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Google is looking to rid the Play Store of bad apps

(Image credit: Image Credit: Syda Productions / Shutterstock)

Google has announced it is partnering with three cybersecurity companies to try and eliminate malicious apps from its mobile app store. 

The new App Defence Alliance will see Google team up with ESET, Lookout and Zimperium, all of which have successfully discovered malicious apps in the Play Store in the past.

Google said the new alliance’s goal was to “stop bad apps before they reach users’ devices.”

Despite Google screening each app before it hits the Play Store, and regularly auditing those that do – some bad actors still make it to one of the world’s largest app stores. According to Google, the number of malicious apps that make it to the store is around 0.04 per cent, which amounts to roughly 30 million bad apps.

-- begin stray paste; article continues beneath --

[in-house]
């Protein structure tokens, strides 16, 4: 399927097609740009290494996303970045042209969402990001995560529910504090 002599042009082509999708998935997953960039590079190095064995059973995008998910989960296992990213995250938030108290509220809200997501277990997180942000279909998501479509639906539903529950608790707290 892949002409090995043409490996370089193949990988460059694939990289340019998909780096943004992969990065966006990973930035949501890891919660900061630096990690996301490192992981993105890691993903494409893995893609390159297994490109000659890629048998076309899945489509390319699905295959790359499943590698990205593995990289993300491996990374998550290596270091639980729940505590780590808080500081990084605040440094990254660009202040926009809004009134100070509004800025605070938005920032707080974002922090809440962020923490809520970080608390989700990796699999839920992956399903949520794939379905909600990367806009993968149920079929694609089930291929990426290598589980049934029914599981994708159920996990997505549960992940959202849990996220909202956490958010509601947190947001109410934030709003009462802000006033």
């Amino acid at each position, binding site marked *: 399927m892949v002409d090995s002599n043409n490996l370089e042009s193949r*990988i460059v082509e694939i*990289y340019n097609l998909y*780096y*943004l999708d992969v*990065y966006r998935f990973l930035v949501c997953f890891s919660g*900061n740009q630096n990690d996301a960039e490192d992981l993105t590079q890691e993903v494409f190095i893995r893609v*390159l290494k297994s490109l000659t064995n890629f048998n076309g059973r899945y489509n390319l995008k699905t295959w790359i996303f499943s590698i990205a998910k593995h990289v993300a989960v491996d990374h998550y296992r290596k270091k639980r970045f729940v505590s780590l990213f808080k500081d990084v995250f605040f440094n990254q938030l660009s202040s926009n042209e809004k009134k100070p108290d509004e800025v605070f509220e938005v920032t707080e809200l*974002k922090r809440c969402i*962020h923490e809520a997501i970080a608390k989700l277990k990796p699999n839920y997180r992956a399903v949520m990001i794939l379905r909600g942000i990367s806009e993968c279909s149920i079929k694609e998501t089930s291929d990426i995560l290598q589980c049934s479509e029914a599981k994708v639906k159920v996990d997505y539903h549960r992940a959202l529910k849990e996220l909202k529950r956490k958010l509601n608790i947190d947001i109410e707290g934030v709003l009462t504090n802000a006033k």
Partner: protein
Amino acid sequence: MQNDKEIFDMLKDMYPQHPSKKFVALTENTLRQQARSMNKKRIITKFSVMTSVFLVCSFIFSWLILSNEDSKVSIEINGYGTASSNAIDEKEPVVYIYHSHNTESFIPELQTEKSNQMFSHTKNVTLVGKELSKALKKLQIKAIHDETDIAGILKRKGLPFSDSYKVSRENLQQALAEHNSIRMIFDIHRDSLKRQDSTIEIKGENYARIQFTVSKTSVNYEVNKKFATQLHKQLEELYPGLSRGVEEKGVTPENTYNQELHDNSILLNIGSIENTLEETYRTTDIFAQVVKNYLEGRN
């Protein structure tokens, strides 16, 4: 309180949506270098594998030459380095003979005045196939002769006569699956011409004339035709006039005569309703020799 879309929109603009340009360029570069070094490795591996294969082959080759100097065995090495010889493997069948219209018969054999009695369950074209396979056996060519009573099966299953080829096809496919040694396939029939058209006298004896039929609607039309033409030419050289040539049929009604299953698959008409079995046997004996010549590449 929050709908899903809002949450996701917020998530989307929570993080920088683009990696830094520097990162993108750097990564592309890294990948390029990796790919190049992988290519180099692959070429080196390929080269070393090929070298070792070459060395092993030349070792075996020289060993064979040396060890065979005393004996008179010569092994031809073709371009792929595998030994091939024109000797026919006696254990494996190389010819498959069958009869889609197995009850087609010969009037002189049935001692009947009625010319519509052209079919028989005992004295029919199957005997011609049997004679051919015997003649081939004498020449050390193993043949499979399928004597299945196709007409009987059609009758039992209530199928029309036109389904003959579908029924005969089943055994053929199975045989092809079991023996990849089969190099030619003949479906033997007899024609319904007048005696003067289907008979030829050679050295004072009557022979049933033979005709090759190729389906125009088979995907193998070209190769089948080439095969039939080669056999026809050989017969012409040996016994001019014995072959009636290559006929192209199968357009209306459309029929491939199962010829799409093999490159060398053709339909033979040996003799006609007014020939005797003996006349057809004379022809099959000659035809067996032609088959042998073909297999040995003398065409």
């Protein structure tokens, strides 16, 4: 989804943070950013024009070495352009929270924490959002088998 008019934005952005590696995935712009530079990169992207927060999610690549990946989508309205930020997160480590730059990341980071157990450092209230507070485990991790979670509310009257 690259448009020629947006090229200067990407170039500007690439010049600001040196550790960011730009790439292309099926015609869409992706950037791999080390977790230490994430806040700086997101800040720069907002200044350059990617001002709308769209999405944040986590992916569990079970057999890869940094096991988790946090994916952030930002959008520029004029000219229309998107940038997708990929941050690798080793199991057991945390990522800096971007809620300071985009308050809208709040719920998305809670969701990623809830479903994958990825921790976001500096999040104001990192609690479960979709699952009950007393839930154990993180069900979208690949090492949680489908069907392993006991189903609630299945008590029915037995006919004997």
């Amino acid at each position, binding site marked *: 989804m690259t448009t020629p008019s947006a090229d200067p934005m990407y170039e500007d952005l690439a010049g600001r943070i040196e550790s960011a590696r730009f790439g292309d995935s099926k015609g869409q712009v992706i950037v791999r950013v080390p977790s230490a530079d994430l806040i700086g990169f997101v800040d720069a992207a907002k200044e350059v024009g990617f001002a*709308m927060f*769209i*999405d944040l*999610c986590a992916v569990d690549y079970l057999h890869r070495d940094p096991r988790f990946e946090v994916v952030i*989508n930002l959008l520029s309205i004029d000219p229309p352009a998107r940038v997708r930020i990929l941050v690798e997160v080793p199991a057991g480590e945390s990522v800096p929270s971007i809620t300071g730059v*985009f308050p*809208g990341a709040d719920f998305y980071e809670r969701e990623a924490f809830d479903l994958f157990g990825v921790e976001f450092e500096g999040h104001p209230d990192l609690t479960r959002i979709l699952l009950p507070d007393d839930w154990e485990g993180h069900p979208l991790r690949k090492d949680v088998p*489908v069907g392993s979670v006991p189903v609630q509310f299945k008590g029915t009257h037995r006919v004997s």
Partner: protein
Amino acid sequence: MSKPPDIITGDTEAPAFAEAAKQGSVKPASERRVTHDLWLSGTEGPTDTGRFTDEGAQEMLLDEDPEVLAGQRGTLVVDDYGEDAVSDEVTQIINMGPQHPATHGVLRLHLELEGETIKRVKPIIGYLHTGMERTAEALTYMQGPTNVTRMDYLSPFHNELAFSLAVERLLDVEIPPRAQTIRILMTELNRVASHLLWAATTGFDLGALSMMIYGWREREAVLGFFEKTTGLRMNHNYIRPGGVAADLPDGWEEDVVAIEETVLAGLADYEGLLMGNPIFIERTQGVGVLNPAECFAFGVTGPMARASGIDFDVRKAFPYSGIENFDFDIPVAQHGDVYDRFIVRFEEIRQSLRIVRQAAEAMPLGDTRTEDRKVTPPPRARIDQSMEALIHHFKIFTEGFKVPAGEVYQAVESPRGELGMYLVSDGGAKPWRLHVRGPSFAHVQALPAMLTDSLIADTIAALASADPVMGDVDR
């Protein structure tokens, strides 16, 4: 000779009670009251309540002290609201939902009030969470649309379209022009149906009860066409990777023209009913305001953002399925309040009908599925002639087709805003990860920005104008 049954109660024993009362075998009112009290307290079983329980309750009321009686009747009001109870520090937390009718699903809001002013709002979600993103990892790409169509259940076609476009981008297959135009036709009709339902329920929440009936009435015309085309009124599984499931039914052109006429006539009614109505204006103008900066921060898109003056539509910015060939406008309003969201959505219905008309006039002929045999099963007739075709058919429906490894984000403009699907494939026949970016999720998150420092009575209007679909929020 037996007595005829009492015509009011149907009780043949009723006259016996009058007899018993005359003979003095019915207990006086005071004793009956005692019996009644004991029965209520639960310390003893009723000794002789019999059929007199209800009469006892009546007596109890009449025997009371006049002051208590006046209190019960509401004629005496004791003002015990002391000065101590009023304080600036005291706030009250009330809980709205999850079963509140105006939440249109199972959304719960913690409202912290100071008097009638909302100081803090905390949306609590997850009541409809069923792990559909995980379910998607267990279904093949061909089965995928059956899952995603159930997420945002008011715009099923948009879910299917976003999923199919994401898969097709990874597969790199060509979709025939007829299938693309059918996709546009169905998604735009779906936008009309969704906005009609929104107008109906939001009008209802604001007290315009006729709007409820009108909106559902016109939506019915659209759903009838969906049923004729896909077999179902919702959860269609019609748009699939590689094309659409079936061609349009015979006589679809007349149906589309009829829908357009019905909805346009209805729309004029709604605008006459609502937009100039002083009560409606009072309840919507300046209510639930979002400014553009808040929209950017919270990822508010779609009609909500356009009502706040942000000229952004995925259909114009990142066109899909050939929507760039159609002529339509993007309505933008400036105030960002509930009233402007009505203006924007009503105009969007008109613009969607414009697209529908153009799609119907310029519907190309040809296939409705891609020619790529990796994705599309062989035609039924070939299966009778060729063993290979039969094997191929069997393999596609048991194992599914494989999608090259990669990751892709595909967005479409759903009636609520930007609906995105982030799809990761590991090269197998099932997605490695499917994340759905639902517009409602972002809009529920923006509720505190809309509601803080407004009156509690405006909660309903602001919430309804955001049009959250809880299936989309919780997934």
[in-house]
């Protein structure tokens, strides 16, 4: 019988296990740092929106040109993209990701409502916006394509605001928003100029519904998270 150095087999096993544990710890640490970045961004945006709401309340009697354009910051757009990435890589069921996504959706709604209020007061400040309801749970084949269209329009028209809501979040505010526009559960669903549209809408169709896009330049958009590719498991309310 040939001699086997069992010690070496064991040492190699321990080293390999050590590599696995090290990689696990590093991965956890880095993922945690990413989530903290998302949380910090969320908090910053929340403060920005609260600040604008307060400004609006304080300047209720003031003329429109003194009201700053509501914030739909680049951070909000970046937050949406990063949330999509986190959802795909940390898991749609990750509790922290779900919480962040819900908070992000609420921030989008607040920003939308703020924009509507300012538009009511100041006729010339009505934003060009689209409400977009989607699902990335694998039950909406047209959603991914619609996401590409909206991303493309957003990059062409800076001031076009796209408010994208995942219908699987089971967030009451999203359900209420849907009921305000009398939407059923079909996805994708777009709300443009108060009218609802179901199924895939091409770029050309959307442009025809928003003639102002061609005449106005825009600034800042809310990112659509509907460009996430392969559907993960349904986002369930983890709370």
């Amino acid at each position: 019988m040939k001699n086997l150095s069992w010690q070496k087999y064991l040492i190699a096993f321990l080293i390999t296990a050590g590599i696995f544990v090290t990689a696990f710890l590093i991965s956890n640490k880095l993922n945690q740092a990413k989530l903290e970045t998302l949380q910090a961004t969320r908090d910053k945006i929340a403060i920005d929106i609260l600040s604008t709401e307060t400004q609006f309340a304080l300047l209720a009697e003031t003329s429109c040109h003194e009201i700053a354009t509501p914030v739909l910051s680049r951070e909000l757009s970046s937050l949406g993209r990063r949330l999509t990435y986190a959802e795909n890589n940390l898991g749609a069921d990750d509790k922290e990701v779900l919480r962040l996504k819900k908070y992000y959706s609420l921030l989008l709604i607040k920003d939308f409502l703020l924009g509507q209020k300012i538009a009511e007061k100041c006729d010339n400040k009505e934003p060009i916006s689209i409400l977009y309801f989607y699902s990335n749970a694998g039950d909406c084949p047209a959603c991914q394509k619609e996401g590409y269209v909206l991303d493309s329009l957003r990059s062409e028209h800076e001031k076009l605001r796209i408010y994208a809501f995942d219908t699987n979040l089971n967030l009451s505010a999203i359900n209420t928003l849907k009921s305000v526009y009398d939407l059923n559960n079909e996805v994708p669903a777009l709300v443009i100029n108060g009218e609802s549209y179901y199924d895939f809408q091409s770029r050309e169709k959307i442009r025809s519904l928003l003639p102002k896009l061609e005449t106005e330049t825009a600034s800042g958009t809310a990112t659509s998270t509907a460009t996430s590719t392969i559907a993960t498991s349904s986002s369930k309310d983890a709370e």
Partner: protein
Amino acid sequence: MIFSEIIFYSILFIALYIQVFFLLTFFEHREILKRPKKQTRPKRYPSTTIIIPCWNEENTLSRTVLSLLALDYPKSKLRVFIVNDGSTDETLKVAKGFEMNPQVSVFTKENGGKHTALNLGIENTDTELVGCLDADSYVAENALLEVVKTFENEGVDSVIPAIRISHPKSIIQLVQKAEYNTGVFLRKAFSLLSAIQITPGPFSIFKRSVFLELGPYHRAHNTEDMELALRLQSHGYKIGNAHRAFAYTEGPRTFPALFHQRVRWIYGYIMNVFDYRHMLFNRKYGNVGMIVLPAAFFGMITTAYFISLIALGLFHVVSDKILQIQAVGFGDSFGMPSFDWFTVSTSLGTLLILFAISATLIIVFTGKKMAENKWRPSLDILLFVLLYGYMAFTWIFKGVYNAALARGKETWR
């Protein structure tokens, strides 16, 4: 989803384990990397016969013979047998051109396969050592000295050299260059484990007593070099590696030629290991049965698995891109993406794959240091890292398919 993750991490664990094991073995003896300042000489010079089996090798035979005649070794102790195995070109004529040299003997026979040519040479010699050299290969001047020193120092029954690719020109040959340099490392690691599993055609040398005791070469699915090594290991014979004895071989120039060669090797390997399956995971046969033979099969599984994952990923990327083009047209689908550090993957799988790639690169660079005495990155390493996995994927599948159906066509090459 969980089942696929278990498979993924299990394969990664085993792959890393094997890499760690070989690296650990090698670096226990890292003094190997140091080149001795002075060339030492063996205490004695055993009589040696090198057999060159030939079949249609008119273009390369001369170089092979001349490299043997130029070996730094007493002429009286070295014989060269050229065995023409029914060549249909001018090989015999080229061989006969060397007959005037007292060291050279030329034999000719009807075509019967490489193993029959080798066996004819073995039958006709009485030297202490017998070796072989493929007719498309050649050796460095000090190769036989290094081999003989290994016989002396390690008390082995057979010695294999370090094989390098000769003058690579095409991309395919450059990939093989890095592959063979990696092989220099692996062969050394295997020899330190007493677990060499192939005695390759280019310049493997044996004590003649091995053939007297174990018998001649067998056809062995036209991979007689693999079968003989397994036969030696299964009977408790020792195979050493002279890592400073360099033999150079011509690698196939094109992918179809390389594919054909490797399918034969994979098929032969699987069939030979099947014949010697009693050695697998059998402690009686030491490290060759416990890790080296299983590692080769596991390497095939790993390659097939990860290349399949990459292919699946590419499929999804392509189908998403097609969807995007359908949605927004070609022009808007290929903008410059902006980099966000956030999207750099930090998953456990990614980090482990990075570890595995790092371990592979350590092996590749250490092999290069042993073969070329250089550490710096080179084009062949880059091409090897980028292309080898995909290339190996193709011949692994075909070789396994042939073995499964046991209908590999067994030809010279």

Even though Google will find all of them eventually, that only solves one part of the problem. The users that do end up downloading a bad app remain vulnerable, even after Google removes it from the store.

Through the integration of the Google Play Protect technology, which now comes with partner scanning engines, Google hopes that it will be more efficient in screening apps before they get approved for the Play Store.

The company added that it is very important for industry players to collaborate and share their knowledge, if they are to successfully combat the rising threat of malicious mobile apps.

Sead Fadilpašić

Sead is a freelance journalist with more than 15 years of experience in writing various types of content, from blogs, whitepapers, and reviews to ebooks, and many more, across sites including Al Jazeera Balkans, TechRadar Pro, IT Pro Portal, and CryptoNews.